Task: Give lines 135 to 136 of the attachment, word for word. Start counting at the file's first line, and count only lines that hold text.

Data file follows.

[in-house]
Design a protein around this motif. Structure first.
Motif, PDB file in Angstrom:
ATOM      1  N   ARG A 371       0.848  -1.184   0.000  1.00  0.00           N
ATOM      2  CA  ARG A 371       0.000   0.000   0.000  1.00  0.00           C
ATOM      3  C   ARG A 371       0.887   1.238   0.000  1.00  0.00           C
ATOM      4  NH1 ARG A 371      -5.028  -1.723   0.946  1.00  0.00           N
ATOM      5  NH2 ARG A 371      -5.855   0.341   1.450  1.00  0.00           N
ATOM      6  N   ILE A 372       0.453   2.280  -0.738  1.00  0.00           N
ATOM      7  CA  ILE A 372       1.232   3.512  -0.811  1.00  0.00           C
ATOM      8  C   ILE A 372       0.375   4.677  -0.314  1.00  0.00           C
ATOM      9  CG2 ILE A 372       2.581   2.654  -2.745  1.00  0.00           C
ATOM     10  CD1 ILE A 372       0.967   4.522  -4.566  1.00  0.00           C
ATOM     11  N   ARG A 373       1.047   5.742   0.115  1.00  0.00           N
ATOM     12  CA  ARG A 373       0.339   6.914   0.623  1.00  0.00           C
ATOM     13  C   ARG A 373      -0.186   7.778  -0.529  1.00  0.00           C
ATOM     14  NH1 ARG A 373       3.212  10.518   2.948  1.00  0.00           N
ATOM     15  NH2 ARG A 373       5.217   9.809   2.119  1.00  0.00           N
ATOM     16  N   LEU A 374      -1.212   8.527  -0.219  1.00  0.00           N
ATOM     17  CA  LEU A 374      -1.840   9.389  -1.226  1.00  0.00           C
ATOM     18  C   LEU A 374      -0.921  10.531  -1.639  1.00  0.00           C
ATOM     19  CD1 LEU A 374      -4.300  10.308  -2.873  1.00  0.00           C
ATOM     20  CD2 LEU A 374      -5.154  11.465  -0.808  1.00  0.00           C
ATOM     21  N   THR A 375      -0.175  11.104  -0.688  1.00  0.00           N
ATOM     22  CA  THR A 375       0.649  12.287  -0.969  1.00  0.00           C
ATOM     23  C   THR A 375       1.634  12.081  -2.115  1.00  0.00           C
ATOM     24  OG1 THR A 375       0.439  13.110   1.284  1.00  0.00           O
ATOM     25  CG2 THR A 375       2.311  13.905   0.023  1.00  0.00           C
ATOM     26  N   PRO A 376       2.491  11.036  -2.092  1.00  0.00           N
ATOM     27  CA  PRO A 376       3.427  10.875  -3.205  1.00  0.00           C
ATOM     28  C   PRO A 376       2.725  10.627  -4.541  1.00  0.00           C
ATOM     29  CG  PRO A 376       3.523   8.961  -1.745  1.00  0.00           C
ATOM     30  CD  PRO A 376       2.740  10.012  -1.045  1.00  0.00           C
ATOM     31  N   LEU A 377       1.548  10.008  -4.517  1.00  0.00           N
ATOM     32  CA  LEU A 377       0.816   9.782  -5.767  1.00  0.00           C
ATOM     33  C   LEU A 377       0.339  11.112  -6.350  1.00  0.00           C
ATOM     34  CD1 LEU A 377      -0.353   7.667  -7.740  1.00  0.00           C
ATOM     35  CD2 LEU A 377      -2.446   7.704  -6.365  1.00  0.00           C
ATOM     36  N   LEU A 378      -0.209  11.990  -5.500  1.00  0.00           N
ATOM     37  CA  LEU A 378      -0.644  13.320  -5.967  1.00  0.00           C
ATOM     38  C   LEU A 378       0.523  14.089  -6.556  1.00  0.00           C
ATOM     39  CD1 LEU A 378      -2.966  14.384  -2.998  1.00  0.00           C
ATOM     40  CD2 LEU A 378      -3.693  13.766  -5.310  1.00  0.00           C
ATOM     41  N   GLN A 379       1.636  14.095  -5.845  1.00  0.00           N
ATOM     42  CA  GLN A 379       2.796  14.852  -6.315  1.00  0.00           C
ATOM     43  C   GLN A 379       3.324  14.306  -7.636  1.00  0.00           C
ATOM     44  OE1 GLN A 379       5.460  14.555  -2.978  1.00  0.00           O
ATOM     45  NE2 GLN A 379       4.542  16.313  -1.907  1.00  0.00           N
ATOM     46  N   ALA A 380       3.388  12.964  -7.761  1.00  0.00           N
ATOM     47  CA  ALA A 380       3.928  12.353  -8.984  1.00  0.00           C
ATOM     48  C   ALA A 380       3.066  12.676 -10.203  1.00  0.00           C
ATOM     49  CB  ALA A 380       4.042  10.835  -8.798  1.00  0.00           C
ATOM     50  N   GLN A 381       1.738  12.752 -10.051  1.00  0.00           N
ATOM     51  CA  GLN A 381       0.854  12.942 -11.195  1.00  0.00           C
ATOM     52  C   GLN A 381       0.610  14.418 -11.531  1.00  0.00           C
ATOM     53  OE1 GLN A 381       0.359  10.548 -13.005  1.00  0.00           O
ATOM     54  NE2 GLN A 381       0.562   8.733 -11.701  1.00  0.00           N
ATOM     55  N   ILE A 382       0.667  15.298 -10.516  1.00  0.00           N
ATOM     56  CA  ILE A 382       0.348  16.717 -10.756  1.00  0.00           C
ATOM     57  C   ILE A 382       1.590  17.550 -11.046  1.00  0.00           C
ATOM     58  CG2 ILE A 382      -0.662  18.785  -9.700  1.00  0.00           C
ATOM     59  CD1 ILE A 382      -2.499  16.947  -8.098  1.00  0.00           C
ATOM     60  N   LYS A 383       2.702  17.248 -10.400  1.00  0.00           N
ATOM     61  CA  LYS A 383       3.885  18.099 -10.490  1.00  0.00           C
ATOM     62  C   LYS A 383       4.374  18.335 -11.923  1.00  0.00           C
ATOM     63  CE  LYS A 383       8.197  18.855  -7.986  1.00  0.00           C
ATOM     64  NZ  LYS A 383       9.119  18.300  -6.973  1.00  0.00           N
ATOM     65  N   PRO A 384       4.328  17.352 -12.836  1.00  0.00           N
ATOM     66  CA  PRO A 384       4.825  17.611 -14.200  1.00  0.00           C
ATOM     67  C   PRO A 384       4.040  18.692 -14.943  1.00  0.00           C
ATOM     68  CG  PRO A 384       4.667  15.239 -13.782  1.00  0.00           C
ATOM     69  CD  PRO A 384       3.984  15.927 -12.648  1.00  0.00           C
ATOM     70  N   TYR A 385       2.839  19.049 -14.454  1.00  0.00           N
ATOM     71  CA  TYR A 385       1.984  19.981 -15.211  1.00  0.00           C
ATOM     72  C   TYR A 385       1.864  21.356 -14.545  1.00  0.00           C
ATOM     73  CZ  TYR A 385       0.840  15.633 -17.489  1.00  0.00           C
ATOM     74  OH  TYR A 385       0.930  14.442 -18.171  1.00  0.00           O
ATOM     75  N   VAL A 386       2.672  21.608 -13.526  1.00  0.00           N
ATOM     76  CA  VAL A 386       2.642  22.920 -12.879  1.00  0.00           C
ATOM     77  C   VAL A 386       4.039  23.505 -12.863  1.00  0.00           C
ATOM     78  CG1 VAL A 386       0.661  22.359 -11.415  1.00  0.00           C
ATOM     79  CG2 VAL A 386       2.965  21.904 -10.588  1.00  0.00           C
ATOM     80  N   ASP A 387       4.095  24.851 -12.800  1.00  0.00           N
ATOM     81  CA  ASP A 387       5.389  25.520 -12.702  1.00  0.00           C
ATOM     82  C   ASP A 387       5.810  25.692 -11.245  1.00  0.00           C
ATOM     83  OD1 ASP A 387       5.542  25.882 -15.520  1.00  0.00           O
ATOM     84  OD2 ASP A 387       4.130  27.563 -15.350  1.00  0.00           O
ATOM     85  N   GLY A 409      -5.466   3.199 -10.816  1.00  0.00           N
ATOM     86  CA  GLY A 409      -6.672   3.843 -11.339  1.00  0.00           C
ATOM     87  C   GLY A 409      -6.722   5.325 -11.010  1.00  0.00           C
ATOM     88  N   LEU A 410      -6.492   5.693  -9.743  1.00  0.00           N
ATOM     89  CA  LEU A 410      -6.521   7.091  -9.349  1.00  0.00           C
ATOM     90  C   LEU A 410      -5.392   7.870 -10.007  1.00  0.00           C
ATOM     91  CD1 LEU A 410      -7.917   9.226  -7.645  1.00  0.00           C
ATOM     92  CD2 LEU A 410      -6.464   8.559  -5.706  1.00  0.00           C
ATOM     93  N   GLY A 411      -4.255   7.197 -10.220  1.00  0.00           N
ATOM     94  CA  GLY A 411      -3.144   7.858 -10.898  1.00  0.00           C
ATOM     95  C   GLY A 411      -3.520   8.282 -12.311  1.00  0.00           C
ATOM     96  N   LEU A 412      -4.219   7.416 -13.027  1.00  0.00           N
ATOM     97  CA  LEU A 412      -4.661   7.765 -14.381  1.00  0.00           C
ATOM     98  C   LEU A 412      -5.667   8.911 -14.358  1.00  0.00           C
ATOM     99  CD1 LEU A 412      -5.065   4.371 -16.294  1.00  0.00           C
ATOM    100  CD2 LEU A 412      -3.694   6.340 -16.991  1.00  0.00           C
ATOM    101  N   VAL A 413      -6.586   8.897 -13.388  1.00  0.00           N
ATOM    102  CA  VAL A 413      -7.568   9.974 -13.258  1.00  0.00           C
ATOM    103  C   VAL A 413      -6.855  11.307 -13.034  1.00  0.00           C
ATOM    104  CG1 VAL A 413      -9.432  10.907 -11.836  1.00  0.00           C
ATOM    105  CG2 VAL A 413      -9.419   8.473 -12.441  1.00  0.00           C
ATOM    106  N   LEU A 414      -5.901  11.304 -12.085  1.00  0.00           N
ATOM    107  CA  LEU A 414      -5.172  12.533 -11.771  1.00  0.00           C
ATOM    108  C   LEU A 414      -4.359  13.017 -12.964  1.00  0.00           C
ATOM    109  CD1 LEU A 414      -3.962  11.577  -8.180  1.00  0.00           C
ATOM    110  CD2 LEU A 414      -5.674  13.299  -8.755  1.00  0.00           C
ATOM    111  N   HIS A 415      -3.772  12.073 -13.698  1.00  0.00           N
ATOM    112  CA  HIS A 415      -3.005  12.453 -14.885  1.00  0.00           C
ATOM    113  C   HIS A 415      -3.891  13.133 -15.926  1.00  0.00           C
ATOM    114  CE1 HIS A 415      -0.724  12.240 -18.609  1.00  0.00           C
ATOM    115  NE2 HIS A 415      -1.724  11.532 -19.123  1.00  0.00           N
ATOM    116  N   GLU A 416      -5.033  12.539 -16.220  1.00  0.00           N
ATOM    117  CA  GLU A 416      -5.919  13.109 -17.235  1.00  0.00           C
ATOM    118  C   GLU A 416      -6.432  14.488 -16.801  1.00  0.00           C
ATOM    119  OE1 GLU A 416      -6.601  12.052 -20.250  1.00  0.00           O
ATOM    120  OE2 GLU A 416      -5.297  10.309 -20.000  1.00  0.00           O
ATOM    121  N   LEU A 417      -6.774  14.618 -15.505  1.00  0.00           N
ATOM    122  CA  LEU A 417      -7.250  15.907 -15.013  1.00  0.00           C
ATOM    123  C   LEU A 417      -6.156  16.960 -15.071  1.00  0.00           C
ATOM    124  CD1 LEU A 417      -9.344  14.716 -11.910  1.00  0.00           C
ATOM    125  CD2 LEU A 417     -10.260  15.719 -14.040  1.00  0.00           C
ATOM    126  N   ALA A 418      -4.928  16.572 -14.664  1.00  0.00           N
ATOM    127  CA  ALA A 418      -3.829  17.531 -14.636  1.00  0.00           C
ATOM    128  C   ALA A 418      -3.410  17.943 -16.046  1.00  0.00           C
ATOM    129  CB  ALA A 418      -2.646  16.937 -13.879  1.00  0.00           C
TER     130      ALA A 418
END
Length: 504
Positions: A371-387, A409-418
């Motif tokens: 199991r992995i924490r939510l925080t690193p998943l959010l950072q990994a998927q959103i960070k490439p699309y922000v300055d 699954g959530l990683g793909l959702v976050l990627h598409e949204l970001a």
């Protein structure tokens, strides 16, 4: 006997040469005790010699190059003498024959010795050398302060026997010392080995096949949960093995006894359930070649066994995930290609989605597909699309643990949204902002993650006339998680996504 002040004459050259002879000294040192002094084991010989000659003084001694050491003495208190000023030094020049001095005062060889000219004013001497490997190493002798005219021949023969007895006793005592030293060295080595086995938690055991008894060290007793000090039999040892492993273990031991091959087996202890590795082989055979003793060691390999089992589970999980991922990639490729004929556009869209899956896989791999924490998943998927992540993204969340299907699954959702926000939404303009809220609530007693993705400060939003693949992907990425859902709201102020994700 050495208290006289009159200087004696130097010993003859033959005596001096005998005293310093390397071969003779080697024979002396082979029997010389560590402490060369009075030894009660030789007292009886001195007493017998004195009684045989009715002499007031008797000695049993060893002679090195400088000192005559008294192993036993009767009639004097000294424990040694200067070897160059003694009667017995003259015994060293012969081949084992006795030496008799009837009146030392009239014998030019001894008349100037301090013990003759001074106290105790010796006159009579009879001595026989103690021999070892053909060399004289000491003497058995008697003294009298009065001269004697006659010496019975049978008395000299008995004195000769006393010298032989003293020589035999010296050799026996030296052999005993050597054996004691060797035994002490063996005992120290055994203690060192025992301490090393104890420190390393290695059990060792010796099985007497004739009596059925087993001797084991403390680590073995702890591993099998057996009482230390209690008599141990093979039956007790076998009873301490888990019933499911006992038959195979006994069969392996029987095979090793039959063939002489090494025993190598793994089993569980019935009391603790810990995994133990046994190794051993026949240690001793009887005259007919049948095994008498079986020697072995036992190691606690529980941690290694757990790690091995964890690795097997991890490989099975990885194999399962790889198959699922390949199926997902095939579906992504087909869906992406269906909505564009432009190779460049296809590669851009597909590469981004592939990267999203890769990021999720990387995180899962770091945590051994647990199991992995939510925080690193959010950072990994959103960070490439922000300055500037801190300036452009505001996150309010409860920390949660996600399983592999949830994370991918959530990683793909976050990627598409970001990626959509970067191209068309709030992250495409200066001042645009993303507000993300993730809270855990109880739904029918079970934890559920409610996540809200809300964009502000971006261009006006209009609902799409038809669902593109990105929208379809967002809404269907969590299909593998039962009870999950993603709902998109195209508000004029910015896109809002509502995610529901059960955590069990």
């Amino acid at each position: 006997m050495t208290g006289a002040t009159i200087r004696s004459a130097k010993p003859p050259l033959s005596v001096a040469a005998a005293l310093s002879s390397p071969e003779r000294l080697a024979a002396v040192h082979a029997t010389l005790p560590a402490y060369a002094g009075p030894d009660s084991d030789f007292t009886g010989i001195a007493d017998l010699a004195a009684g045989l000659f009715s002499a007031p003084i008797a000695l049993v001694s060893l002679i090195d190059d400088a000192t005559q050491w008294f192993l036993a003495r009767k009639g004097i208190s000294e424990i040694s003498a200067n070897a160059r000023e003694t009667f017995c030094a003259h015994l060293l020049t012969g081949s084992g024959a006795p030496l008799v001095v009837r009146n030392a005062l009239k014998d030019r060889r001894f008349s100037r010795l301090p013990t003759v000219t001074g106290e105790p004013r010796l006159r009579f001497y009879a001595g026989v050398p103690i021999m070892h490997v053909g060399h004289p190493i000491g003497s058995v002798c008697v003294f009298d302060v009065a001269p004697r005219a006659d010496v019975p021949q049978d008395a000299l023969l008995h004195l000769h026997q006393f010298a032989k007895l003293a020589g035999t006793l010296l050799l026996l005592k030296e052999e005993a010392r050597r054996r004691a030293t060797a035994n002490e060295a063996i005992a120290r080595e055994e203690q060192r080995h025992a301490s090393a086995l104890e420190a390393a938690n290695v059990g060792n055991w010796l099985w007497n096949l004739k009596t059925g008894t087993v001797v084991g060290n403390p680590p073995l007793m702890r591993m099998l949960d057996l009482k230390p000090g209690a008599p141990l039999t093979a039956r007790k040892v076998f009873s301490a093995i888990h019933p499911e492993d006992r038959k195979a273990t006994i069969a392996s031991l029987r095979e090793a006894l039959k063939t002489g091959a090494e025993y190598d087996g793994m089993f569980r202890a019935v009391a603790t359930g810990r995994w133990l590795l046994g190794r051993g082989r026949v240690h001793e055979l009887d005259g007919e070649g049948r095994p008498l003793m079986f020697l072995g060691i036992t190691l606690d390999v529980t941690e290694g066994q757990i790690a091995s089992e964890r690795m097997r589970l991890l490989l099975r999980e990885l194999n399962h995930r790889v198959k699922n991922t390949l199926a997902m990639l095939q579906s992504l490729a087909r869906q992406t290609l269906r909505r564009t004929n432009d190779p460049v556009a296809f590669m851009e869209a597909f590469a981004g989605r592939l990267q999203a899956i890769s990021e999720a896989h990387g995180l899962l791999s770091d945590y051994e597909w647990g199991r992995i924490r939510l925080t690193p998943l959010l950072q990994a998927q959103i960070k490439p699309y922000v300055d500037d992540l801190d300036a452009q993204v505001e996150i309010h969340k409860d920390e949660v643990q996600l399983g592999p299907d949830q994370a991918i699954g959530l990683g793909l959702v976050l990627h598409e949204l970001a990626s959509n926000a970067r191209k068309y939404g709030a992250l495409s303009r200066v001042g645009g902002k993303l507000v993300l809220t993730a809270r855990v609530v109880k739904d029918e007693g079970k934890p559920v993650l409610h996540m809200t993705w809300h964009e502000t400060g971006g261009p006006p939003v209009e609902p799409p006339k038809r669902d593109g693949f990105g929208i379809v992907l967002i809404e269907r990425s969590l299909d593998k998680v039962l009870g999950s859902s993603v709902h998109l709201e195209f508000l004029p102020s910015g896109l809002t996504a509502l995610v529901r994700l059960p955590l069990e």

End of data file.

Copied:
Length: 504
Positions: A371-387, A409-418